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Wednesday, January 19, 2011

Price elasticity of demand

Price elasticity of demand (PED or Ed) is a measure used in economics to show the responsiveness, or elasticity, of the quantity demanded of a good or service to a change in its price. More precisely,
it gives the percentage change in quantity demanded in response to a one percent change in price (holding constant all the other determinants of demand, such as income). It was devised by Alfred Marshall.
Price elasticities are almost always negative, although analysts tend to ignore the sign even though this can lead to ambiguity. Only goods which do not conform to the law of demand, such as Veblen and Giffen goods, have a positive PED.
Availability of substitute goods: the more and closer the substitutes available, the higher the elasticity is likely to be, as people can easily switch from one good to another if an even minor price change is made. There is a strong substitution effect. If no close substitutes are available the substitution of effect will be small and the demand inelastic.
Percentage of income: the higher the percentage of the consumer's income that the product's price represents, the higher the elasticity tends to be, as people will pay more attention when purchasing the good because of its cost. The income effect is substantial.[30] When the goods represent only a negligible portion of the budget the income effect will be insignificant and demand inelastic.
Necessity: the more necessary a good is, the lower the elasticity, as people will attempt to buy it no matter the price, such as the case of insulin for those that need it.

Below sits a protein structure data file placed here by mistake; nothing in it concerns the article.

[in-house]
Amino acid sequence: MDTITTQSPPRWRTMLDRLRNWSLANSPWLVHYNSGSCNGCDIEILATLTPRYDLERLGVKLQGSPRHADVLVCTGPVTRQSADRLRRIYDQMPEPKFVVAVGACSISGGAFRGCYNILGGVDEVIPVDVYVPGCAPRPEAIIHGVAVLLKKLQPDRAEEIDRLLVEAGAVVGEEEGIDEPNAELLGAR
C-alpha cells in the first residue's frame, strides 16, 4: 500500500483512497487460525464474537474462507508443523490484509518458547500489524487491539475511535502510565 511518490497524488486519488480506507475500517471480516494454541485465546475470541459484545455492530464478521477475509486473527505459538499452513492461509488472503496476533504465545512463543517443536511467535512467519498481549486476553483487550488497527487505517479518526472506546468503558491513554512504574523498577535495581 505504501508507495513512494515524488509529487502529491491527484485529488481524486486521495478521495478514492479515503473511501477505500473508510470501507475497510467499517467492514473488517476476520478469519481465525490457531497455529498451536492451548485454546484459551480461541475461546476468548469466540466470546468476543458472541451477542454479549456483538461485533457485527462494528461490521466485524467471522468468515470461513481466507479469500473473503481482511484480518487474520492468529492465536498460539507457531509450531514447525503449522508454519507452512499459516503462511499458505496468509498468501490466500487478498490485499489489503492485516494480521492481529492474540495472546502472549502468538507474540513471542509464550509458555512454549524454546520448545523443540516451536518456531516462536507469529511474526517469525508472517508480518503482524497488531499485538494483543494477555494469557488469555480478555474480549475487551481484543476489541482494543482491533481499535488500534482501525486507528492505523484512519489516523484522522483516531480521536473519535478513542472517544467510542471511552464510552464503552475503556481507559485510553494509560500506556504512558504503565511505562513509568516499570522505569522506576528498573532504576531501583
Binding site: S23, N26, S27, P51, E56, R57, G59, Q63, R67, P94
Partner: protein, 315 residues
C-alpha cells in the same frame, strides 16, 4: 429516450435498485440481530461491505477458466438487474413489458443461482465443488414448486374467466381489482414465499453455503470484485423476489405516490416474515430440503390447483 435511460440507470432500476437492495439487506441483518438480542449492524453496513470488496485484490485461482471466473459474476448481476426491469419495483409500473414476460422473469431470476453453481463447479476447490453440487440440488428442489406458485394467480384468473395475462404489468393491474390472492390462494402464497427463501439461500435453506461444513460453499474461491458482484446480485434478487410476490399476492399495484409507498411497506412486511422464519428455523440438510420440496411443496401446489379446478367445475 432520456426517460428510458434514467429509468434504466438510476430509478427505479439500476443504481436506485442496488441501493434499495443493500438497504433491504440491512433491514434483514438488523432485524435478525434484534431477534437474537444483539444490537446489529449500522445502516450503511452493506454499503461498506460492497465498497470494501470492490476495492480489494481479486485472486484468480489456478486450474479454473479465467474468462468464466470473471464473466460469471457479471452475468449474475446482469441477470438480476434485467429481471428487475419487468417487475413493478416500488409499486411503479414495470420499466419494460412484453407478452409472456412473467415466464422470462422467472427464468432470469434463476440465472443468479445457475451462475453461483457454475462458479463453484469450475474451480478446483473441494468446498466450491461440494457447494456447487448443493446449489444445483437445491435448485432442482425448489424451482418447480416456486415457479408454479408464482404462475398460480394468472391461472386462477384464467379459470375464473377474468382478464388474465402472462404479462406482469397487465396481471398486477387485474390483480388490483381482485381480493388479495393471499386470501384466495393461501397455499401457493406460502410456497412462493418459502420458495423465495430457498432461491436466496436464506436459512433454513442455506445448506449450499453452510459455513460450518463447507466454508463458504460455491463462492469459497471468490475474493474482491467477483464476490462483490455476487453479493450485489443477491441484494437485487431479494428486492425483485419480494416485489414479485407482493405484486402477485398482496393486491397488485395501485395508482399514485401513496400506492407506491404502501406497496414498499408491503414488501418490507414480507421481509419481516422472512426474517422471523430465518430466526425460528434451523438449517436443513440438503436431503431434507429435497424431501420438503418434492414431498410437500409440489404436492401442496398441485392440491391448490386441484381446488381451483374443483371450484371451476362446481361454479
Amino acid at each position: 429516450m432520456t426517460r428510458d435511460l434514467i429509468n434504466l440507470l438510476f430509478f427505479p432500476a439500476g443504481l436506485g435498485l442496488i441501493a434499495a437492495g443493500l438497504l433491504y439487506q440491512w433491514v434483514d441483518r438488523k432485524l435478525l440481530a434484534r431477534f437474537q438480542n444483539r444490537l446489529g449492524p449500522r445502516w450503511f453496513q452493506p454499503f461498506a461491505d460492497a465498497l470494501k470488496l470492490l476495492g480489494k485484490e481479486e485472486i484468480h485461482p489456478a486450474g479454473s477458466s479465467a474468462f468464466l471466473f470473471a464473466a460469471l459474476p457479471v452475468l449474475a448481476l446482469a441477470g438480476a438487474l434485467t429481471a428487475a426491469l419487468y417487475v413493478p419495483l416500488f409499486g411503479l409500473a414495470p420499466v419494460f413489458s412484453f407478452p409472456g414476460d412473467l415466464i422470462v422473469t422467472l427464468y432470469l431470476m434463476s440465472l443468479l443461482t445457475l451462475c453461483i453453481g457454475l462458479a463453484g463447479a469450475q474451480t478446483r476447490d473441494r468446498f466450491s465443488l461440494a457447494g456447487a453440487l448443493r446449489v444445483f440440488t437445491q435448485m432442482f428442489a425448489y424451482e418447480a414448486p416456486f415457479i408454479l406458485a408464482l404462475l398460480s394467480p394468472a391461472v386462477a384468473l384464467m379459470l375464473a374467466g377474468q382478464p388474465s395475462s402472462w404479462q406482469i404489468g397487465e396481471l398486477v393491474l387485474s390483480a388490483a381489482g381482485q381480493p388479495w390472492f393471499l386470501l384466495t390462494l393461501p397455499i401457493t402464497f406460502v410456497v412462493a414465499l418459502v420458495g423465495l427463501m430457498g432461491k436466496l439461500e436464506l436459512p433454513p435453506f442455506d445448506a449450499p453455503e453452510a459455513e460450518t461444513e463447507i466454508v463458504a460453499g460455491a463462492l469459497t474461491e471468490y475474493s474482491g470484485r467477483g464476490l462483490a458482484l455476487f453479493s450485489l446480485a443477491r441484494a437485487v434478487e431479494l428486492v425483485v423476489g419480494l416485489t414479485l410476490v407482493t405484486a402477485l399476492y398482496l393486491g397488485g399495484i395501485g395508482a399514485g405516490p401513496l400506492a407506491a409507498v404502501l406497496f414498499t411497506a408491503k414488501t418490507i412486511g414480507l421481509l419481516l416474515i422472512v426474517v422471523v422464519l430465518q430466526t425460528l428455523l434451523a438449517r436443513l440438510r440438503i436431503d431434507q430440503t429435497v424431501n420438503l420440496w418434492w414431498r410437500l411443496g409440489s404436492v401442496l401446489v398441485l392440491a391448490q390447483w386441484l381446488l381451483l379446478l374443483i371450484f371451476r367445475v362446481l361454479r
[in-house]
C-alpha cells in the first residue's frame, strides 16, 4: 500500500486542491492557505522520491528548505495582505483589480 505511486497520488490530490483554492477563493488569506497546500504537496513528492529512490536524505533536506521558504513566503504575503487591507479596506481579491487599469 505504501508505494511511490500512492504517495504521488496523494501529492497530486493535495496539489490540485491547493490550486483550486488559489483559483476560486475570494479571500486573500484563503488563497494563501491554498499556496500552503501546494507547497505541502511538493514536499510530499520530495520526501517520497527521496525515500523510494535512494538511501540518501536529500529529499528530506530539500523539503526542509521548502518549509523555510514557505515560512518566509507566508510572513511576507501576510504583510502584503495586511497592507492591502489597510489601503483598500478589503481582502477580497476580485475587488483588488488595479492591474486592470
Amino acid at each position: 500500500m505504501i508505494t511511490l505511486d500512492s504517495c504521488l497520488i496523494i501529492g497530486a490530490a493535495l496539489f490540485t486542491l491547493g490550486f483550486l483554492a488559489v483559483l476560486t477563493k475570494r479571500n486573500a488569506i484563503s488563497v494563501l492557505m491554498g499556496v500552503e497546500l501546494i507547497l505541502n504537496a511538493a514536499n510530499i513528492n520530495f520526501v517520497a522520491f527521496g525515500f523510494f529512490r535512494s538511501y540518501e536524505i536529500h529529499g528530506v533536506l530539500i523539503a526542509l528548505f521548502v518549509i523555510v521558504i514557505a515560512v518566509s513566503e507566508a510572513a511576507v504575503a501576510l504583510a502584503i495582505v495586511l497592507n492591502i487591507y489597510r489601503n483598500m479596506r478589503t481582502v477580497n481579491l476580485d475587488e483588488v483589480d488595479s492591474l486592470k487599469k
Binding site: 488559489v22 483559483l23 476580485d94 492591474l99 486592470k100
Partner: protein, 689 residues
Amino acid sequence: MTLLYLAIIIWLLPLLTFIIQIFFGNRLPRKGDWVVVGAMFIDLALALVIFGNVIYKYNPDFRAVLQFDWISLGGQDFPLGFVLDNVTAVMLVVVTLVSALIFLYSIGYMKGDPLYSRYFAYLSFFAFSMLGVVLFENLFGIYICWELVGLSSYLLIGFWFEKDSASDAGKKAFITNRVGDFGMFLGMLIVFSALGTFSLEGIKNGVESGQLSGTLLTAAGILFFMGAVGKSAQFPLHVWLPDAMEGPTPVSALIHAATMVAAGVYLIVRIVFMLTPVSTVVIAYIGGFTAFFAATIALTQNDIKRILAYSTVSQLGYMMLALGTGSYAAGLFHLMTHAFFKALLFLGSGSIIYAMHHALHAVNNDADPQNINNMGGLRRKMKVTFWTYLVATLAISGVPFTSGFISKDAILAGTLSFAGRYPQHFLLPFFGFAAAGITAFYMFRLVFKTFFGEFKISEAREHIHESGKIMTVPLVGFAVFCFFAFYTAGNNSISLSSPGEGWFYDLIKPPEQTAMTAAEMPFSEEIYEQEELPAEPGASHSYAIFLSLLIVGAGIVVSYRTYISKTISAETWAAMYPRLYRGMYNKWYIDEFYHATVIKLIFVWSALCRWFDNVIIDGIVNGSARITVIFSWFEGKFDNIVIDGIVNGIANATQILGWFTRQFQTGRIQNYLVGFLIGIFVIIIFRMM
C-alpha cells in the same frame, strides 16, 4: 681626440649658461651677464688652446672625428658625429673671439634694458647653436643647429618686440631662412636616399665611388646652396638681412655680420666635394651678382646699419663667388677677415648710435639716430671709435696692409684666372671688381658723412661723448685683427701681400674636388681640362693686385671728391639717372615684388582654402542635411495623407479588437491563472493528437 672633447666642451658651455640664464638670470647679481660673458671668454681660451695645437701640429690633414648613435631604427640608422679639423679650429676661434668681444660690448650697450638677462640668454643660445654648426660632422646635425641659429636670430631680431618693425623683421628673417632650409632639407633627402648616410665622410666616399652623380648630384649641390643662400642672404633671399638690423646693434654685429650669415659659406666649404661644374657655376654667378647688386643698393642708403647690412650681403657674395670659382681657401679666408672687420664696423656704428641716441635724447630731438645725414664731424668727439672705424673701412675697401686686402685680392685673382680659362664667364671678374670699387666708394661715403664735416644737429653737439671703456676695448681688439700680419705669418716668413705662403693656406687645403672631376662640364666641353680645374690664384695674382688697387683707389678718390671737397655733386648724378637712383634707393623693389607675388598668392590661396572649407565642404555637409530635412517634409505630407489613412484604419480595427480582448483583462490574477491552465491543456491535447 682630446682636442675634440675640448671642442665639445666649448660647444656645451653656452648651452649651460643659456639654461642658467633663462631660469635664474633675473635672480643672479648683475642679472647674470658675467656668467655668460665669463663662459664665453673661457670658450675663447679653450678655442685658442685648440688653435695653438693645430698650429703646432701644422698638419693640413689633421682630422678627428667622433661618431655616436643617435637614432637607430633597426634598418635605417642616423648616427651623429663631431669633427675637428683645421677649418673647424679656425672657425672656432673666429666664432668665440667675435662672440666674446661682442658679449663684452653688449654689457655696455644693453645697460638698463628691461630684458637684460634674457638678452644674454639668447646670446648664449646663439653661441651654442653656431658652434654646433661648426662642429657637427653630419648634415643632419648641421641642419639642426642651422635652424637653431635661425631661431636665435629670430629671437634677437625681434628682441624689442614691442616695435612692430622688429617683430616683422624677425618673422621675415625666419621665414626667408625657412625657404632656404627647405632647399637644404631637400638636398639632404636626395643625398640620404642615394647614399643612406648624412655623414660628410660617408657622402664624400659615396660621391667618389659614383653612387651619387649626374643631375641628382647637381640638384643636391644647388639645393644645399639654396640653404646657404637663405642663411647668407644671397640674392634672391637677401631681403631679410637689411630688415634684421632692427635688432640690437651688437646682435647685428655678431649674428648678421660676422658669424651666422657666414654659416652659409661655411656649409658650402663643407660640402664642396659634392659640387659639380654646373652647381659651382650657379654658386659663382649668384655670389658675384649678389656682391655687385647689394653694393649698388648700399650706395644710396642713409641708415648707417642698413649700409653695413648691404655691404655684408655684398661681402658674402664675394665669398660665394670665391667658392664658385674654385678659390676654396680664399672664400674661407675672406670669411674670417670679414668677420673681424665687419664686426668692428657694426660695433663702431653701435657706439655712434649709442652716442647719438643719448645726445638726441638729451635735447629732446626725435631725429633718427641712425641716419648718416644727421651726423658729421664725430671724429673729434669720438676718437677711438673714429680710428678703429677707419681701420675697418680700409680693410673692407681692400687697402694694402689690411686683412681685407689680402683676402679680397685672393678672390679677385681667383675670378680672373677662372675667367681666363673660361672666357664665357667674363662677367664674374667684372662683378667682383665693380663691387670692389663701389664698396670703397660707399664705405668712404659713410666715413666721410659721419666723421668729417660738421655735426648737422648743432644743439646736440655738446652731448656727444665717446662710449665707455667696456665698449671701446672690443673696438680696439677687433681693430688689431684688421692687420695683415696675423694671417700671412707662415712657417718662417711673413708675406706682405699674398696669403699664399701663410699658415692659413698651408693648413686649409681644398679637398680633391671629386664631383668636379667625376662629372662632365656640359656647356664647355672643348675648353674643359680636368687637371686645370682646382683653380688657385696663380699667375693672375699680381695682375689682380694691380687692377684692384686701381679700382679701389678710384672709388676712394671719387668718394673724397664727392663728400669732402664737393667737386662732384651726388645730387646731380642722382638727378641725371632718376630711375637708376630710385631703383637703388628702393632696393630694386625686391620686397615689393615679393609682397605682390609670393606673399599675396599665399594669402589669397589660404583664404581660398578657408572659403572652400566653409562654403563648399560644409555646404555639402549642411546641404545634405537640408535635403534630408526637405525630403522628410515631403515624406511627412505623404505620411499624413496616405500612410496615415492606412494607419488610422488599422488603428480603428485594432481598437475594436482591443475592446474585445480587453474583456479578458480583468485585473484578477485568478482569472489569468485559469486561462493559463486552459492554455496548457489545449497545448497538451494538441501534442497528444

Duration: for most goods, the longer a price change holds, the higher the elasticity is likely to be, as more and more consumers find they have the time and inclination to search for substitutes. When fuel prices increase suddenly, for instance, consumers may still fill up their empty tanks in the short run, but when prices remain high over several years, more consumers will reduce their demand for fuel by switching to carpooling or public transportation, investing in vehicles with greater fuel economy or taking other measures. This does not hold for consumer durables such as the cars themselves, however; eventually, it may become necessary for consumers to replace their present cars, so one would expect demand to be less elastic.
Breadth of definition of a good: the broader the definition of a good (or service), the lower the elasticity. For example, Company X's fish and chips would tend to have a relatively high elasticity of demand if a significant number of substitutes are available, whereas food in general would have an extremely low elasticity of demand because no substitutes exist.
Brand loyalty: an attachment to a certain brand—either out of tradition or because of proprietary barriers—can override sensitivity to price changes, resulting in more inelastic demand.
Who pays: where the purchaser does not directly pay for the good they consume, such as with corporate expense accounts, demand is likely to be more inelastic.
Important Points:
ü When the price of a commodity having price elasticity relatively inelastic, is raised then more revenue is raised. Vice versa in case of commodity having price elasticity of demand relatively elastic.
ü Some price elasticities that were found in real world:
Cigarettes in US: -0.3 to -0.6 (General) -0.6 to -0.7 (Youth)
Oil in world: -0.4
Coca cola: -3.8 Mountain Dew: -4.4
Rice(China): -0.8

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